SALES and Hana Vu translated their chilled out music to a captivating performance that outmatched any studio recording.
SALES and Hana Vu felt like equals, something uncommon at a performance filled with obvious die-hard fans of the headliner. Their music complemented each other with moments of energizing indie rock and romantic slow jams. The sentimentality and genuinity both artists displayed made the Sinclair feel like home for a night.
Hana Vu stole the show with a confidently low-key performance that demanded attention. When she stepped out on stage with a modest attitude and an unassuming all-black ensemble, it was unclear how her bedroom pop would translate to a live setting with a sold-out crowd. The minute she and her band started playing, the modesty turned into pure excitement. Hana Vu and crew couldn’t wipe the smiles off their faces as they swung their hips in sync to dreamy melodies. The bedroom pop vibe present in studio recordings transformed into something much bigger. Her music itself didn’t change much, but the way the energy and sound filled the room was completely unlike playing songs on a speaker. She exemplified why it’s so important to see an artist live. A good artist will sound just like a recording, while a great one will bring something more to the table.
A highlight of the set was her cover of ‘Dancing in the Moonlight.’ The cover has been done countless times and it wasn’t the most original thing in the world, but the band breathed new life and energy into the 70s classic. Vu also cracked jokes to the audience that landed surprisingly well, somehow understanding what it’s like to be in a Boston crowd without having ever performed here before.
“I drank Mucinex straight out of the bottle outside CVS, so I’m a little dizzy,” she said to the crowd, half-jokingly between songs. She was surprised to see the crowd laugh so much at that statement, but as someone who has been in the same situation at that Harvard Square CVS (thanks Boston winter), I’m not sure she realized how unfortunately relatable that statement was. Vu also asked the crowd if Malia Obama was around and to the disappointment of us all, she wasn’t. But if you’re reading this Malia, Hana Vu says hey.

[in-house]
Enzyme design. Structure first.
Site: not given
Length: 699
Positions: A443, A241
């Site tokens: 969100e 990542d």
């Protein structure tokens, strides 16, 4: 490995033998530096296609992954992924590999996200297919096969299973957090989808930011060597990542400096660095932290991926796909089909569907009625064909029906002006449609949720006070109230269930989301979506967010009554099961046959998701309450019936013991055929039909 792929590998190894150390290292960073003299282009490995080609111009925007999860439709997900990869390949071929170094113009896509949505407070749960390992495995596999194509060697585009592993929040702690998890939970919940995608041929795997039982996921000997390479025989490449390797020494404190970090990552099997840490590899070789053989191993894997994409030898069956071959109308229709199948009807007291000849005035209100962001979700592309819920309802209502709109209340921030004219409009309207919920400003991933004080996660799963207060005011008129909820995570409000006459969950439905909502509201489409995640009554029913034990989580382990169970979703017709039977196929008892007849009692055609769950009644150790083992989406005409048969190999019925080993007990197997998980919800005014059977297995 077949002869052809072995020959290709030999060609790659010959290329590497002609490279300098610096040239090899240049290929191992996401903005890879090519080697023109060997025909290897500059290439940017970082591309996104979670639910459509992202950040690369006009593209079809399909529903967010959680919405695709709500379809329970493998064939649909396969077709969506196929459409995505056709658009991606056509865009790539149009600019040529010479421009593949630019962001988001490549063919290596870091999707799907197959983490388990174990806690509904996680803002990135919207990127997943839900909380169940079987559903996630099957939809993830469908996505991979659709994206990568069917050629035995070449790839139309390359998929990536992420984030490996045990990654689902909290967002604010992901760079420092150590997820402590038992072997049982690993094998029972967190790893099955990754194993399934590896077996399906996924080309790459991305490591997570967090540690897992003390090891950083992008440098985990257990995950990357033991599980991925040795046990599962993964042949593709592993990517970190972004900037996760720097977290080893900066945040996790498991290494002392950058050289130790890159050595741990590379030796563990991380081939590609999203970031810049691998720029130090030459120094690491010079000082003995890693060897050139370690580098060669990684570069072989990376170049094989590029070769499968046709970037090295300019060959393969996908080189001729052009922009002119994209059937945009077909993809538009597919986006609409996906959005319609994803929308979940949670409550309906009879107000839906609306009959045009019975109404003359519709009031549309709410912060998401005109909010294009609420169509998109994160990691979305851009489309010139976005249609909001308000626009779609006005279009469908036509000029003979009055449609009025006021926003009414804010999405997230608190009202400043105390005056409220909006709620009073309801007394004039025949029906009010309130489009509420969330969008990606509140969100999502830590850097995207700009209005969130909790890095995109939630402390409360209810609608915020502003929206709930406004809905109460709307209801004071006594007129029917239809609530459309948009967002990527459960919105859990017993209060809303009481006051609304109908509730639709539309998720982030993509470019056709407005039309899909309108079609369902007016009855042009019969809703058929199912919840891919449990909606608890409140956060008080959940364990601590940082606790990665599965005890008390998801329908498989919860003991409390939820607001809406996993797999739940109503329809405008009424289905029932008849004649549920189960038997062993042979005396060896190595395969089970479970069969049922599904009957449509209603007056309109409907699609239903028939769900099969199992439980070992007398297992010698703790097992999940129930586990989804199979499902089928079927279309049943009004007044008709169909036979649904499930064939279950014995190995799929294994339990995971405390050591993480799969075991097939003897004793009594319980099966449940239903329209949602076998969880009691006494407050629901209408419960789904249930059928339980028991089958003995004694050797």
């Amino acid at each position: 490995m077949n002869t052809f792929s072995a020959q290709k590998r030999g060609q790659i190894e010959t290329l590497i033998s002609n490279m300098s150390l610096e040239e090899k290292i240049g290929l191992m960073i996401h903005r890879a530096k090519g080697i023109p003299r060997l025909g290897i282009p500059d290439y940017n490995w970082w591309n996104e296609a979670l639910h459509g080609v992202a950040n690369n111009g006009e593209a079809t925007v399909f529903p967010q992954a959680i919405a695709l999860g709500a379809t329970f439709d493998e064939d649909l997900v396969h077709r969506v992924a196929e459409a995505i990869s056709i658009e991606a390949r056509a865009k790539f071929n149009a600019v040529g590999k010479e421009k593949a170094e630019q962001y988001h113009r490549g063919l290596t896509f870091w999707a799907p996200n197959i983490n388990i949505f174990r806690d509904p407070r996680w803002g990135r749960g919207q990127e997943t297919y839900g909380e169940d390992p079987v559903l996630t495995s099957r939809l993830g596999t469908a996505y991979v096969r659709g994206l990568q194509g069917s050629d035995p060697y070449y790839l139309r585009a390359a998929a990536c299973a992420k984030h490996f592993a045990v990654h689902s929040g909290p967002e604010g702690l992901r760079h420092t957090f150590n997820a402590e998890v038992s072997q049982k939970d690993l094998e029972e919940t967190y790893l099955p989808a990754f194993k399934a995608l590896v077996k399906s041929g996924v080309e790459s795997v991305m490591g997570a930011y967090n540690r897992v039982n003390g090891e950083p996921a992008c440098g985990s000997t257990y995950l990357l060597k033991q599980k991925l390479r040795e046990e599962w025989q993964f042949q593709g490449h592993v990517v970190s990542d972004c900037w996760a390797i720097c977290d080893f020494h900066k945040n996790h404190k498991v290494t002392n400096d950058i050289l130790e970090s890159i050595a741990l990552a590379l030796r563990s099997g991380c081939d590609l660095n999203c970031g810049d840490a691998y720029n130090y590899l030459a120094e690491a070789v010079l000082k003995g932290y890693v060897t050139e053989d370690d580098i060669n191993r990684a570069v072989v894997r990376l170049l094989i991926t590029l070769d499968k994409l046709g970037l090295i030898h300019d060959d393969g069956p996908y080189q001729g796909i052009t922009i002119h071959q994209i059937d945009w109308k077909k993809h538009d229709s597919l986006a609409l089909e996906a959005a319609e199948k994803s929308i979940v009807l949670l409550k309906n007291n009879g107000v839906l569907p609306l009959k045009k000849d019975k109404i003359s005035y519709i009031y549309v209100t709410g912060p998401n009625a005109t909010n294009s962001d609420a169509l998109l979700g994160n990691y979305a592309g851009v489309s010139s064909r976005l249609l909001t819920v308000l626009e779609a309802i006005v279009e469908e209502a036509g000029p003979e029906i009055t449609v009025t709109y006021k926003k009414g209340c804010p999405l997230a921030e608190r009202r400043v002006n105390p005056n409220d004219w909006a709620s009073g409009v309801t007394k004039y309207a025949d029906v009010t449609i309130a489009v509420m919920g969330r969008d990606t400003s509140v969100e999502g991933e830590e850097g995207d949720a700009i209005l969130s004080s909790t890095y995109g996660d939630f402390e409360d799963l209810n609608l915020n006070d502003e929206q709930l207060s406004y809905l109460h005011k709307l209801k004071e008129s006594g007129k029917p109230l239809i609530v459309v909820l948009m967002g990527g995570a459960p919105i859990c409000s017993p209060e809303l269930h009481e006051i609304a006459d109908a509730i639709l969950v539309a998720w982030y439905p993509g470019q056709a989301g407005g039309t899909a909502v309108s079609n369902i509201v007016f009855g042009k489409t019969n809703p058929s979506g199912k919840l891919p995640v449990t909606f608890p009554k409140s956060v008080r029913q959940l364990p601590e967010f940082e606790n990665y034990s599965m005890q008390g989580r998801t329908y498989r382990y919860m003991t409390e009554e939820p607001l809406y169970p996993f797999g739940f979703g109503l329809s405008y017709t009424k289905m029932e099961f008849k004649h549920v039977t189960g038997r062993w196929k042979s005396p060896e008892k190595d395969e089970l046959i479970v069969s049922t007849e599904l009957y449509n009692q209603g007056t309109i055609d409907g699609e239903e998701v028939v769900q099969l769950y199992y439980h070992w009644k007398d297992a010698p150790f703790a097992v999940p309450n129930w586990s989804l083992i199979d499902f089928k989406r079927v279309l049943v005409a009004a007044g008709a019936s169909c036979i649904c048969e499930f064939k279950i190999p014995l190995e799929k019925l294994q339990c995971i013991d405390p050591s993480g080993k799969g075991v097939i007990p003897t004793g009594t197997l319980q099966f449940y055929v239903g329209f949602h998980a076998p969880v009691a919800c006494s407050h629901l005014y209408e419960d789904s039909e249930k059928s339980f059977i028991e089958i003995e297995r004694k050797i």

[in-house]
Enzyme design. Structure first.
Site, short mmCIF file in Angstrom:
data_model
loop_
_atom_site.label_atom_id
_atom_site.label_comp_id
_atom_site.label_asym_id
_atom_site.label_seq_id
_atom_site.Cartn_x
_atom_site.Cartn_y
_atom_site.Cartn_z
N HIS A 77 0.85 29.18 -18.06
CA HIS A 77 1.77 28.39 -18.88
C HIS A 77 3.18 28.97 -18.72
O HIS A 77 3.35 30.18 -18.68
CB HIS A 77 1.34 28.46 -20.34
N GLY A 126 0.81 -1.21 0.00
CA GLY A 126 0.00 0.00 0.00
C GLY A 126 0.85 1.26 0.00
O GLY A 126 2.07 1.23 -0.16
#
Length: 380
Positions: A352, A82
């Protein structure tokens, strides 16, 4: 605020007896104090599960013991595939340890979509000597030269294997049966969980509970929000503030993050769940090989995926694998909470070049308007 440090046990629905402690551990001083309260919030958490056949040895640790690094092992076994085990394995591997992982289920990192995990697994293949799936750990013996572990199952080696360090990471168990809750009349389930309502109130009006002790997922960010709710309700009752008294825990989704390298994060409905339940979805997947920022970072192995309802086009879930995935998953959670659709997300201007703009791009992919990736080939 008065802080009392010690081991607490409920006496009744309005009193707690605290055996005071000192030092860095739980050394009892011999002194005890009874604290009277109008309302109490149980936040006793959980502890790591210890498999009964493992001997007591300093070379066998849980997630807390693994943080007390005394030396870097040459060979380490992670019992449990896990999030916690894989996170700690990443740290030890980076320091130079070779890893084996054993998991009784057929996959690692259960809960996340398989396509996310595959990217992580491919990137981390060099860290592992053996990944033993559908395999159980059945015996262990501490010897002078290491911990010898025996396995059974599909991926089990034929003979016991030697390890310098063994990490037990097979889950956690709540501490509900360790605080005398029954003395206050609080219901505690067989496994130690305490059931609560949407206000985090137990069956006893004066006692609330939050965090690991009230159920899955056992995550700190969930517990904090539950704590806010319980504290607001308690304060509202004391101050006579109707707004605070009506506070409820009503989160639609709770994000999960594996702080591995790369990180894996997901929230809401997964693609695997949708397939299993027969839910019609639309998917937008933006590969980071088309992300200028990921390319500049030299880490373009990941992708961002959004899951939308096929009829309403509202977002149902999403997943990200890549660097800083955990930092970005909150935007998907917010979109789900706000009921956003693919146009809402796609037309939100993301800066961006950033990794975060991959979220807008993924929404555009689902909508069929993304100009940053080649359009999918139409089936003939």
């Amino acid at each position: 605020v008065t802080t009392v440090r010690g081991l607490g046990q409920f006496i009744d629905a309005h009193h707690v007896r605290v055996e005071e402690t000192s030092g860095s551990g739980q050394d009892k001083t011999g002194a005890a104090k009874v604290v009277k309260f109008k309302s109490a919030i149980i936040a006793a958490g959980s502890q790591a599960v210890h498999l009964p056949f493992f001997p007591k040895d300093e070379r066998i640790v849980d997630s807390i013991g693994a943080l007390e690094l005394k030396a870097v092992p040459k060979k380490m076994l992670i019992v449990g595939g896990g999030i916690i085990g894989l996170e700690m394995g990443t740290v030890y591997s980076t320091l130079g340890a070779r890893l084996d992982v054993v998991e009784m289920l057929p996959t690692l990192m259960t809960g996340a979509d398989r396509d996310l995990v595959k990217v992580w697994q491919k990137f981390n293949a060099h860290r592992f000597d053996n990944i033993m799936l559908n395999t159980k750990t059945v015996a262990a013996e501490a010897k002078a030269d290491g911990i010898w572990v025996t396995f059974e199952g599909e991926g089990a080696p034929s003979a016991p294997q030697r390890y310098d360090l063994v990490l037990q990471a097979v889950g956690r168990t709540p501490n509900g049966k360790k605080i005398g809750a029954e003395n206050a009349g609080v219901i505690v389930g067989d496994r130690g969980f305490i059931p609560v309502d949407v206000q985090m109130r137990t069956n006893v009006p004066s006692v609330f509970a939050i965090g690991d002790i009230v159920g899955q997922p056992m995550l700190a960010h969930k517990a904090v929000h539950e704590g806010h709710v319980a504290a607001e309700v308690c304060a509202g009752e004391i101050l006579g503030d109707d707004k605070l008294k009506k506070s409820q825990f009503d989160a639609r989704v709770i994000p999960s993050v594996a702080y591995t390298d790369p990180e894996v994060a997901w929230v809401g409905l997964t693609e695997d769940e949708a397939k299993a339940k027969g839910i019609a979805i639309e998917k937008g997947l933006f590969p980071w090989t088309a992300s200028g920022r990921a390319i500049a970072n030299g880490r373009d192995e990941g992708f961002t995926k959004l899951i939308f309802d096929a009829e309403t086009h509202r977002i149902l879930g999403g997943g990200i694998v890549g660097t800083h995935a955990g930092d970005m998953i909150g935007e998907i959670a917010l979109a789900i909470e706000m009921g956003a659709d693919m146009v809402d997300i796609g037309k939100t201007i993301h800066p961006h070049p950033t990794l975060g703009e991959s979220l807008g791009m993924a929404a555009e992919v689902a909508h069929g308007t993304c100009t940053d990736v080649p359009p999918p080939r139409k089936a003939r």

SALES’ minimal setup created a hazy, romantic ambiance. The guitar-playing duo was joined by a drummer who only plays with them on tours. The lack of a bass seemed wrong at first, but once they started playing it all began to make sense. Lauren Morgan and Jordan Shih’s atmospheric guitars complemented one another well and never got lost in each other. The rhythm was held together by the drummer and the melodies felt perfectly balanced. Shih played the role of a bassist when necessary and the minimalism generally worked well. Some songs blended together, but the monotony was broken by banter and a dedicated group of fans who sang their hearts out to nearly every song.
The stripped-down setup was perfect for a duo who calls themselves “just buddies who make music.” They took a moment to reminisce over ‘Renee,’ the first song Morgan and Shih ever wrote together, saying it was the reason they were there.
Morgan was left hanging in an awkward moment when she asked Hana Vu and her band to come on stage to dance with her and they didn’t show up, but she managed to gracefully recover with a solo interpretive dance to ‘White Jeans.’ She danced without a care in the world as the soundscape engulfed the room and transported everyone to a world of ease. It was a magical moment, a perfect transition into the last song of the night.
Bedroom pop shows run the risk of being boring, yet both acts overcame that issue easily. Hana Vu’s energy definitely surpassed SALES’ but never overpowered them. The lineup brought the energy down slowly throughout the night, leaving the crowd relaxed and ready to end their Thursday night feeling refreshed. Not every show has to leave you exhausted and sweaty. Sometimes it’s best to feel like you’ve just meditated and found clarity, and that’s exactly what this show did.
Photos by Ingrid Angulo